The mob life, a middle-aged Tony Soprano (James Gandolfini) comes to learn inside his northern New Jersey enclave, isn’t the good life anymore. There’s a breakdown in the system, within the Soprano family and in Tony’s personal definition of manhood; it manifests itself in anxiety attacks that have Soprano making regular trips to psychiatrist Jennifer Melfi (Lorraine Bracco). From these visits spin every Soprano tale — some morose, some wickedly funny, all uncommonly personal — and their distinctive tone will capture a patient audience looking for an intelligent episodic that isn’t sex and shoot-’em-ups.
Soprano proves Joe Fox, Tom Hanks’ character in “You’ve Got Mail,” was clearly onto something when he theorized that all of life’s troubles can be solved with a quip from “The Godfather.” One thug, for example, starts to lose his cool when another can’t comprehend “Luca Brasi sleeps with the fishes” — a sign that HBO’s team has not only done its homework but come up with clever twists on one of the most saturated film subjects of the last 30 years. Foremost, this 13-seg series fleshes out the family side of wiseguys in the waste-management and food-service businesses.
Series begins with Tony Soprano curiously embracing the arrival in the swimming pool of a family of ducks. Wife Carmela (Edie Falco) and their kids, Meadow (Jamie Lynn Sigler) and Anthony Jr. (Robert Iler), figure dad has cracked and belongs at a nut farm; unbeknownst to anyone, he’s already seeing a shrink, a secret that has its own code of silence.
Expository nature of the first two segments allows characters to enter and develop. Once the characters are drawn, director and writer David Chase travels through the mundane and average (touring nursing homes, attending a school musical, visiting a friend in the hospital) before making the de rigueur mob stops: dumping a body, roughing up the non-cooperatives, making peace with an opposing force. For review, the first four episodes were watched in marathon fashion and the four flowed nicely, texture giving way to action as the series develops.
Chase acutely composes each individual with nuance: hotheads hoping to become “made men”; Soprano’s elderly mother, Livia (Nancy Marchand), who can’t quite care for herself anymore; the Bucco couple (John Ventimiglia and Katherine Narducci) fighting mob ties and then rebuilding their business and relationship.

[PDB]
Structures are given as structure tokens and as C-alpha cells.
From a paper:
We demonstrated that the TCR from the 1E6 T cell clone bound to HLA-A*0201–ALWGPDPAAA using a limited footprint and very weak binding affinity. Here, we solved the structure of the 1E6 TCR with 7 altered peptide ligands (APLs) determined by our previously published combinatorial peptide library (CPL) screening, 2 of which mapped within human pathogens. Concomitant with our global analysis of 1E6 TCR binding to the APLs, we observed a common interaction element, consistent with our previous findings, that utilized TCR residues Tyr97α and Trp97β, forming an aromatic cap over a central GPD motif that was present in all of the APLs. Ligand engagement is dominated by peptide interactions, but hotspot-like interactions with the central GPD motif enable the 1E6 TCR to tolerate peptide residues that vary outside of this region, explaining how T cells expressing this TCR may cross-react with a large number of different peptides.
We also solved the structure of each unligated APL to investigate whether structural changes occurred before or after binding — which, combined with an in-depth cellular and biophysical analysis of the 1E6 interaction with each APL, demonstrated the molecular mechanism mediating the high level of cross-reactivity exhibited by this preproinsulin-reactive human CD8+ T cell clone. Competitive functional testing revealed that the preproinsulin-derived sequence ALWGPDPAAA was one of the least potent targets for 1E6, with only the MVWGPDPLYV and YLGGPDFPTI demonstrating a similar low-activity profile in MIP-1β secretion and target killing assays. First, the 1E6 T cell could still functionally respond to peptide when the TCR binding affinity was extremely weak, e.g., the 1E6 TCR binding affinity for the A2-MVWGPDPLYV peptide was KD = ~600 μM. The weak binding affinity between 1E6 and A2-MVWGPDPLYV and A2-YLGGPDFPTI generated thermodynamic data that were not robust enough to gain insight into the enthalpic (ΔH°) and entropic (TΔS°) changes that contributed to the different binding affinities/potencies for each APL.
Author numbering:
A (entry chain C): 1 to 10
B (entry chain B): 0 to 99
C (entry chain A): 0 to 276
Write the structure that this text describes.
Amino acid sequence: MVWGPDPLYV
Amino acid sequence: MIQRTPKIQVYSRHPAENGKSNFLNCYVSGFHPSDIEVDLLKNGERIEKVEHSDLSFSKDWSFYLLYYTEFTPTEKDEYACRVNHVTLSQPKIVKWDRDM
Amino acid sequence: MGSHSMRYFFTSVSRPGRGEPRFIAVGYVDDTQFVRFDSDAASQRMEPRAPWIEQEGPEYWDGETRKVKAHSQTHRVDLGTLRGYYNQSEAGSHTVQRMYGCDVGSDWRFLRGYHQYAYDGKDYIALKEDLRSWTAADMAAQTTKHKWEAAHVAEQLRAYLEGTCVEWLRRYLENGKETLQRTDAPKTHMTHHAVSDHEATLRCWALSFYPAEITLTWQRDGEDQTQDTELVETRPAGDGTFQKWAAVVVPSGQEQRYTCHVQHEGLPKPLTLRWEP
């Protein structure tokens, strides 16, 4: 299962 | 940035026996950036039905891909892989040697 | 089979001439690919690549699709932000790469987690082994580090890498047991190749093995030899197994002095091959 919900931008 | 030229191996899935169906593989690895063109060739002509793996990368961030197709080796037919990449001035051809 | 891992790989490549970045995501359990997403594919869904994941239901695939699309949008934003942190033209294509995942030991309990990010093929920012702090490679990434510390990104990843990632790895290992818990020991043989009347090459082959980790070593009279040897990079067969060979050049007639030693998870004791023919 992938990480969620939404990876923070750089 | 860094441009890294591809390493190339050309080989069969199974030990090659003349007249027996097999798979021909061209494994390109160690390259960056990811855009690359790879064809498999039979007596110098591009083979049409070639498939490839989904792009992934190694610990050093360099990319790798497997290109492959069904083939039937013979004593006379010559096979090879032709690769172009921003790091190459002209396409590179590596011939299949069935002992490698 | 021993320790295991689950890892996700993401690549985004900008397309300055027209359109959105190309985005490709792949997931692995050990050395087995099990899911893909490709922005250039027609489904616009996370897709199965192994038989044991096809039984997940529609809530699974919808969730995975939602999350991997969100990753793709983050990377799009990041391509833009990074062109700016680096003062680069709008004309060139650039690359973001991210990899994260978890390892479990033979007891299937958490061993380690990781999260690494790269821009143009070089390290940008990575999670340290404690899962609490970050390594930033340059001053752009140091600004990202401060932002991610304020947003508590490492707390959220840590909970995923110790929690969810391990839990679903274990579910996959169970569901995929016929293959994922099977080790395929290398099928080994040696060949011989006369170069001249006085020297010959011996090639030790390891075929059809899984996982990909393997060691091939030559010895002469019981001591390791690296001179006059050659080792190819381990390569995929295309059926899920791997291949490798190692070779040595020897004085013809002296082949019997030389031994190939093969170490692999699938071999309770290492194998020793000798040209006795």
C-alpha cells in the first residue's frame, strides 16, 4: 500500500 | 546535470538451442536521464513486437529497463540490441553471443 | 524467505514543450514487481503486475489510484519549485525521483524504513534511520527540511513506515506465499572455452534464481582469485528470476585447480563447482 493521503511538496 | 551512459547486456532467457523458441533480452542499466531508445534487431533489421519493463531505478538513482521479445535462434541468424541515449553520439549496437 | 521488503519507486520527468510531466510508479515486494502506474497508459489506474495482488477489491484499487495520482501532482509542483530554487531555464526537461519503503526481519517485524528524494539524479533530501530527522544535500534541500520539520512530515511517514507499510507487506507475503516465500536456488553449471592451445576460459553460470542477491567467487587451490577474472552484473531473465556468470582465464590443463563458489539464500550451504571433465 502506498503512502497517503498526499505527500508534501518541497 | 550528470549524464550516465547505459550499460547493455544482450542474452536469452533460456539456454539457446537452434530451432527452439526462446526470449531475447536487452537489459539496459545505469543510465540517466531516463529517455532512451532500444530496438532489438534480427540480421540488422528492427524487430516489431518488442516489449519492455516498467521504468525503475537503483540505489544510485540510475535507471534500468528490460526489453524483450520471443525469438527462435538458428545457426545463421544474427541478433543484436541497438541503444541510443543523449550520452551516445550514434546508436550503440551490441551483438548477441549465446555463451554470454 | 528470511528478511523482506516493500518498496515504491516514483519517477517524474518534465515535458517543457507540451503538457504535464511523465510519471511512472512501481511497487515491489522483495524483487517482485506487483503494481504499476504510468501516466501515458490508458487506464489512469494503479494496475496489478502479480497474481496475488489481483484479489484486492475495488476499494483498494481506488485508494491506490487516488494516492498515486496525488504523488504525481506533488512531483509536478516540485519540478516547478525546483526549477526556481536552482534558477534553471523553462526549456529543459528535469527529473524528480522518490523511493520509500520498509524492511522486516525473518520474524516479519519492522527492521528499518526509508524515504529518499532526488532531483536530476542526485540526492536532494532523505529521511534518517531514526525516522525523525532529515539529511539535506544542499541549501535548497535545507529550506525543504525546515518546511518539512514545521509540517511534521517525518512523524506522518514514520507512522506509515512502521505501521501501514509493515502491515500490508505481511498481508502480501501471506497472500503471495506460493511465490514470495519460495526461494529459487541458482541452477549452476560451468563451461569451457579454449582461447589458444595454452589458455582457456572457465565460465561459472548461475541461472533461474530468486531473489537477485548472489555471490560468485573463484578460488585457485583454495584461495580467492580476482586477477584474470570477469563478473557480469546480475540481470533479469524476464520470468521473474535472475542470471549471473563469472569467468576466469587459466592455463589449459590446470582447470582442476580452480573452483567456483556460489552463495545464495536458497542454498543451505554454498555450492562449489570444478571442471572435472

The innocence and ignorance of son Anthony pasted against oh-so-knowing daughter Meadow, who’s trying to grow up as fast as possible, enhances this definition of the insularity of a mob household. Carmela longs for greater social standing and more understanding from her husband, and her sharpness in picking her spots is am-plified by each episode’s script. When she treats an “old friend” the way she does her household help during a benefit party, the obviousness with which Chase frames yields a lasting impression about her character.
Gandolfini plays Tony Soprano introspectively but without the hushed tones that generally signal a personal crisis in these sorts of roles. He appears out of step with the modern world — virtually every action and reaction around him follows no code of ethics or respect, or at least any that he can comprehend. Gandolfini does a lot with body language, and his mood is nicely limned in virtually every scene; it can be summed up as a midlife crisis, yet it feels like so much more; life will never be the same. Eventually, Tony Soprano’s only comfortable with a handful of friends and his psychiatrist.
Dr. Melfi is kept smartly cold in Soprano’s presence. Bracco plays her with a sexy sophistication in his presence; away from her celebrated patient, she has a liveliness that perks up in episode four.
Michael Imperioli gives impassioned perfs throughout as the impetuous Christopher, Tony’s nephew who’s angling for made-man status but just can’t help himself when it comes to crime. His demands mirror those of the outside world for Tony Soprano — out of character for the mob, too removed from the family’s own sense of right and wrong and still, somehow, a worthy confidant who may someday ascend to a powerful position.
Uncle Junior (Dominic Chianese) coldly balances his roles as family friend, boss-in-waiting and Tony’s chief threat to his fiefdom. Guitarist and former E Streeter Steve Van Zandt makes a very Jersey, very Italian-American acting debut as one of Tony’s henchmen.
Pace of the series is very deliberate, with few tricks of the camera. Lighting, however, seems erratic as the filmic hue of the darker scenes doesn’t necessarily translate on the small screen.
Series takes a page from “Casino” in using vintage rock ‘n’ roll rather than a score, dropping in Link Wray, doo-wop and Booker T. & the MG’s. Running Nick Lowe’s “The Beast in Me” over seg 1’s closing credits is deliciously apropos.